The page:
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U3A Writing: Or Will You Just Politely Say Goodnight?

Can a sundial help to mend a broken marriage? Norman Hodghton tells a tale of tangled love.

No words have passed between us for several minutes, so I sit back in my seat and listen to the wind swishing past the windscreen and to the sound of the engine. Me? Silent? I’ve never been at a loss for words before, but I am now.

For a moment I close my eyes and ask myself, “What am I doing here, in an open car, beside this man who was once my lover, my husband, and who is now another woman’s lover?”

It wasn’t possible to live and work in the same small town without seeing each other, and after three years of crossing the road to avoid you, or developing a sudden deafness if you tried to speak. I knew it couldn’t continue like that. I unfroze slowly. At first a nod of recognition, a semi-audible mumbled greeting, and finally we spoke again.

So here I am, a year later, spending a whole day with you. Blame the sundial I’d ordered a few months ago. Too heavy for me to lift, you offered to help collect it. I’ve always fancied a sundial on the house, their shadow pointers move steadily and predictably throughout time. So unlike my life, which has swung erratically as if driven by some wild wind.

I break the silence. “How is . . . she . . . Julie?” It is an effort to speak that name.


“You mean …she’s left?”

“Yes … cleared off last month.”

I make sympathetic noises, while thinking “Now you know how I felt.”

At the same time the thought comes to me that now you are free you might want to start all over again? Do I want that?

Conversation flows again – inconsequentially – but if it approaches that dangerous topic – our shared past – it veers away to safer territory.

What are you really thinking? Your face gives no clue as you concentrate on the road ahead. All I can do is to imagine what is going through your mind, and I was never very good at that.

The sun is shining when we arrive to collect the sundial. Carrying it to the car the shadow of the gnomon skips erratically across the engraved surface of the metal, yet once installed it will follow its preordained path.

“Now lunch!”

“Well . . . ”

“I know a great pub not far from here. Good food, lovely garden, it’s your sort of place. You see; I remember what you like.”

“I don’t know.”

“No argument. I’m paying. Clinched a really good deal – so money’s no problem.”

You haven’t changed have you, always the wheeler-dealer. I acquiesce and wonder where this is leading.

Warm sun, good food, a glass or two of fine wine and I relax. Conversation drifts without effort onto that previously forbidden subject.

“Remember when we stayed at . . .

“They asked how you were.”

“They didn’t know about . . . ?”

And so it goes, our previous life together takes on that rose tinted aspect that only time and selective memory can give it.

“We had some good times.”

Your fingers softly stroke my hand, just once.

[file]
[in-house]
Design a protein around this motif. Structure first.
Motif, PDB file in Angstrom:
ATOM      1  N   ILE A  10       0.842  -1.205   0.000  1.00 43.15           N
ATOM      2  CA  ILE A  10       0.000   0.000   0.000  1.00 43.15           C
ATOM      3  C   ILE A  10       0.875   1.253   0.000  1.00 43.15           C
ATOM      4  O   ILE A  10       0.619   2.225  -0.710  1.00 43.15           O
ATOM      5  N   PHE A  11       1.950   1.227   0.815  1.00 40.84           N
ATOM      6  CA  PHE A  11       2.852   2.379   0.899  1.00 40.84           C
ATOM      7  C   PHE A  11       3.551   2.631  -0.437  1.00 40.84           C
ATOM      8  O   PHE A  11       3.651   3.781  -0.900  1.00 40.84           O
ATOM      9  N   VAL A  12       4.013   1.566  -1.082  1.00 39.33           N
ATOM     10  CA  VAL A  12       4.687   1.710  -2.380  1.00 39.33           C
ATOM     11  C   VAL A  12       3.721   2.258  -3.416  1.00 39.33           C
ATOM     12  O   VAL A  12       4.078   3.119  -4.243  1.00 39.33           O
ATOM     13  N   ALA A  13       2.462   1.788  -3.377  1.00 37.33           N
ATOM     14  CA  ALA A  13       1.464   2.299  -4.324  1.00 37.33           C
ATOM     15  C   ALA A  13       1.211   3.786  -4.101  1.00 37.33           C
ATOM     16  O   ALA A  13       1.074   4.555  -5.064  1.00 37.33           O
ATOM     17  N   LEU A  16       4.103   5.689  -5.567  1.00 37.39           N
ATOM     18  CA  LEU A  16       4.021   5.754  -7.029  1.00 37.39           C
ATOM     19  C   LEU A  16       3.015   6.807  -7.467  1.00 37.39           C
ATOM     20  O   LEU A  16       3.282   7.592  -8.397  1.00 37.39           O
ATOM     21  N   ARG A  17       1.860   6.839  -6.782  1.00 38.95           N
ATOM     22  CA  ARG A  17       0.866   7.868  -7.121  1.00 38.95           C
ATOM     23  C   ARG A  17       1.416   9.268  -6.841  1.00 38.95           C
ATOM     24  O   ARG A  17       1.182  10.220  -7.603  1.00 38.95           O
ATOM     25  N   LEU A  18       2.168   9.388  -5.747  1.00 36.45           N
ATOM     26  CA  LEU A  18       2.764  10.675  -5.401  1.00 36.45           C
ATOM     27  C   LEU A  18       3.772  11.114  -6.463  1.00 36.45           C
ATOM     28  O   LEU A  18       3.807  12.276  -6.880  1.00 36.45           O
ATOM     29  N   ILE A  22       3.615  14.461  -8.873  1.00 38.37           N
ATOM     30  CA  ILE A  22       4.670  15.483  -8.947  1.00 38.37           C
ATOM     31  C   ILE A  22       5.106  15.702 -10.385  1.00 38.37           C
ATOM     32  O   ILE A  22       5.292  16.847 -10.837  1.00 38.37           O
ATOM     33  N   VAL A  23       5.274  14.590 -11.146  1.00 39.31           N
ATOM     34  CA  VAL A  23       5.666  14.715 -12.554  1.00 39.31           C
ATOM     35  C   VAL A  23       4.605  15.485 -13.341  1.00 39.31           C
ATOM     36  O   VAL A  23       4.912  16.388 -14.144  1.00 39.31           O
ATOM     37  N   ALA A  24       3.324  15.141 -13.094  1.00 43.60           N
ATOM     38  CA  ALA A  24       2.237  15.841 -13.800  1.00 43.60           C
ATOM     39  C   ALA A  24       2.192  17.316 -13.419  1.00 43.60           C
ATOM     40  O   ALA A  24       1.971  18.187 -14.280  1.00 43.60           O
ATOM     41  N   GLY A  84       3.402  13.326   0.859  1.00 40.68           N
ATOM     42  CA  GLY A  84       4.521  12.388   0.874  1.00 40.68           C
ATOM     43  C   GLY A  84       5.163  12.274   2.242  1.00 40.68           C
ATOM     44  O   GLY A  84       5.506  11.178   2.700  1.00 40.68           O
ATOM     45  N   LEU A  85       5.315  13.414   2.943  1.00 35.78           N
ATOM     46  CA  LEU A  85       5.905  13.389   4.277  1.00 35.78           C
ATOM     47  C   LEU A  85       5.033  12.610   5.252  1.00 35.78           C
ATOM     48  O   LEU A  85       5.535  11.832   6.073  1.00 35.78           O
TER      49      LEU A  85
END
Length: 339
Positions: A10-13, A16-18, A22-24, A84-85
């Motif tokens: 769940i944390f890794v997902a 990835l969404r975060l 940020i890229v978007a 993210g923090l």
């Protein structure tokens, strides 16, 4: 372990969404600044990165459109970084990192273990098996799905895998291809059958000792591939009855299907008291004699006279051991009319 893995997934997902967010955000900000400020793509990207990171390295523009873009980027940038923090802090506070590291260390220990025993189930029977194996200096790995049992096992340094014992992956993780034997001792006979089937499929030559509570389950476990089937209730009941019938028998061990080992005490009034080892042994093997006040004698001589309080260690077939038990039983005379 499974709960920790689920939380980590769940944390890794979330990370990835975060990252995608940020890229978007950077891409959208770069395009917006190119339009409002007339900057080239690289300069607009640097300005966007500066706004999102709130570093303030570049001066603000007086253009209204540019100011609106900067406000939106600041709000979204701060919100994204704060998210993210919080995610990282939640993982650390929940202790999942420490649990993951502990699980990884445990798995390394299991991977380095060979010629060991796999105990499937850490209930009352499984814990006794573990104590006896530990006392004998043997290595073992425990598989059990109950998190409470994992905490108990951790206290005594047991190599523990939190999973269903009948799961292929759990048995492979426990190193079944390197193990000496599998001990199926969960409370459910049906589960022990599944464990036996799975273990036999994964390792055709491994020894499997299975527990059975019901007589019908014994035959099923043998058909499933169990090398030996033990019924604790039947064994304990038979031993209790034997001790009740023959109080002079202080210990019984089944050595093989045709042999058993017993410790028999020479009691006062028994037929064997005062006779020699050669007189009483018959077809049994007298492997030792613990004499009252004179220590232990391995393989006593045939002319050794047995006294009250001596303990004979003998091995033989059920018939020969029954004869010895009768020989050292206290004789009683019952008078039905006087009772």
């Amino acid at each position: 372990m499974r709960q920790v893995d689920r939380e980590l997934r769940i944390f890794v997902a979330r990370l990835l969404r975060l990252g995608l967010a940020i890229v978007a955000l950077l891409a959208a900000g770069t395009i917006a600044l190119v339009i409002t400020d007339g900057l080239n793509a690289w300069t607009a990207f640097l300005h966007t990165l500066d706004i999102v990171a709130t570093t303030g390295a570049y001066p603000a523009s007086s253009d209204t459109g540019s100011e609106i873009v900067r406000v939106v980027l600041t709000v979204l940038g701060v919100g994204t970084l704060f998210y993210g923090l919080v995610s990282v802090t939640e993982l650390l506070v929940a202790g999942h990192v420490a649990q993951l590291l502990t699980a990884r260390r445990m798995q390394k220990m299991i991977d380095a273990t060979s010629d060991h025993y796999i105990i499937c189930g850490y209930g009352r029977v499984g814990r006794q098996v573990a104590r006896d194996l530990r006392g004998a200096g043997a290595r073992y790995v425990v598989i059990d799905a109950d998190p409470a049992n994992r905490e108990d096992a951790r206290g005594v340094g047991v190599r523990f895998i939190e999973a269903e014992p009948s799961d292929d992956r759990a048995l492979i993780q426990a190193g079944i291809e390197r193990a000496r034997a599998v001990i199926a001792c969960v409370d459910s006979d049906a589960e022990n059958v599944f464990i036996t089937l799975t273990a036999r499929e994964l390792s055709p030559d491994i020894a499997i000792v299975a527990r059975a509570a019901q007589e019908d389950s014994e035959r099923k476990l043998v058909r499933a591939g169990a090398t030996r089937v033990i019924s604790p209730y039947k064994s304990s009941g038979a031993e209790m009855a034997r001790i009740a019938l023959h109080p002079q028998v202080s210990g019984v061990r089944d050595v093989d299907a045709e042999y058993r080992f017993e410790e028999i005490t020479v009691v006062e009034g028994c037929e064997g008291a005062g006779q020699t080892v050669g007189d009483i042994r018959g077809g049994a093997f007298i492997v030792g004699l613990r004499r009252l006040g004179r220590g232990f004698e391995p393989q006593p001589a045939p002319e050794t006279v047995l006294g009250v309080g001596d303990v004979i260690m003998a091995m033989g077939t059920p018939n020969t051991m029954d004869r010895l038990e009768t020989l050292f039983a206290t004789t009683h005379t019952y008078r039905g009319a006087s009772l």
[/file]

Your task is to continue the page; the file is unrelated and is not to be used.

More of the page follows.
I hear myself reply “Yes they were good years.” Have I forgotten so easily? The rows, lies, betrayal and public humiliation. But I push those thoughts back to where they belong and leave my words hanging, unchecked.

We are on the way back, to the town where you and I both live our separate lives. And what then? I will invite you in. I’ve prepared food, bought a bottle of Cabernet Sauvignon, and if you read the wrong signals I’m perfectly capable of sending you on your way. Aren’t I?

All too soon we arrive at my house, before I know for sure how I want this day to end. The sundial is unloaded and waits now for the builder to fix it.

Much later I pour wine; you compliment me on the meal; I pour more wine. At last I know, enough wine and you can’t drive home, but not too much . . .

Carrying our glasses and the bottle we retire to the sitting room. Is my unsteadiness due to nerves, excitement, or too much wine?

The settee is small, so that our bodies touch as we sit trying to keep our words casual.

Music is playing quietly in the background when the words of another song come into my head; a song that we imagined had been written just for us when we first met. I get up, find the record, put it on and return to the settee.

The singer’s voice fills the room.

We’re sitting here playing so cool,
thinking “what will be will be.”
But it’s getting kind of late now
I’ve gone too far, it’s too late to turn back, even if I wanted to.
Oh I wonder if you’ll stay now, stay now, stay now?
Or will you just politely say goodnight?

That rosy glow obscures all experience.

Early morning: I wake slowly, and remembering, whisper your name. No answer. A moment of panic and then I hear you in the bathroom. When you re-appear you’re dressed.

“You’re not going already? Can’t you stay?”

“Sorry, not today.”

You gently slide back the duvet and kiss me. I shiver all over and reach out for you.

“Sorry darling I must go.” You smile a smile that cuts deep. “There’s a big deal going down, and you’ve gotta’ be on that train when it leaves the station.”

Before I can say anything you are gone. The rosy glow dissolves immediately, leaving me looking once more into lonely darkness.

“You’ve gotta’ be on that train . . . ”

One morning, four years ago, you used those same words. And you never came back.

* “Will you?” was sung by Hazel O’Connor,
from the film “Breaking Glass.”


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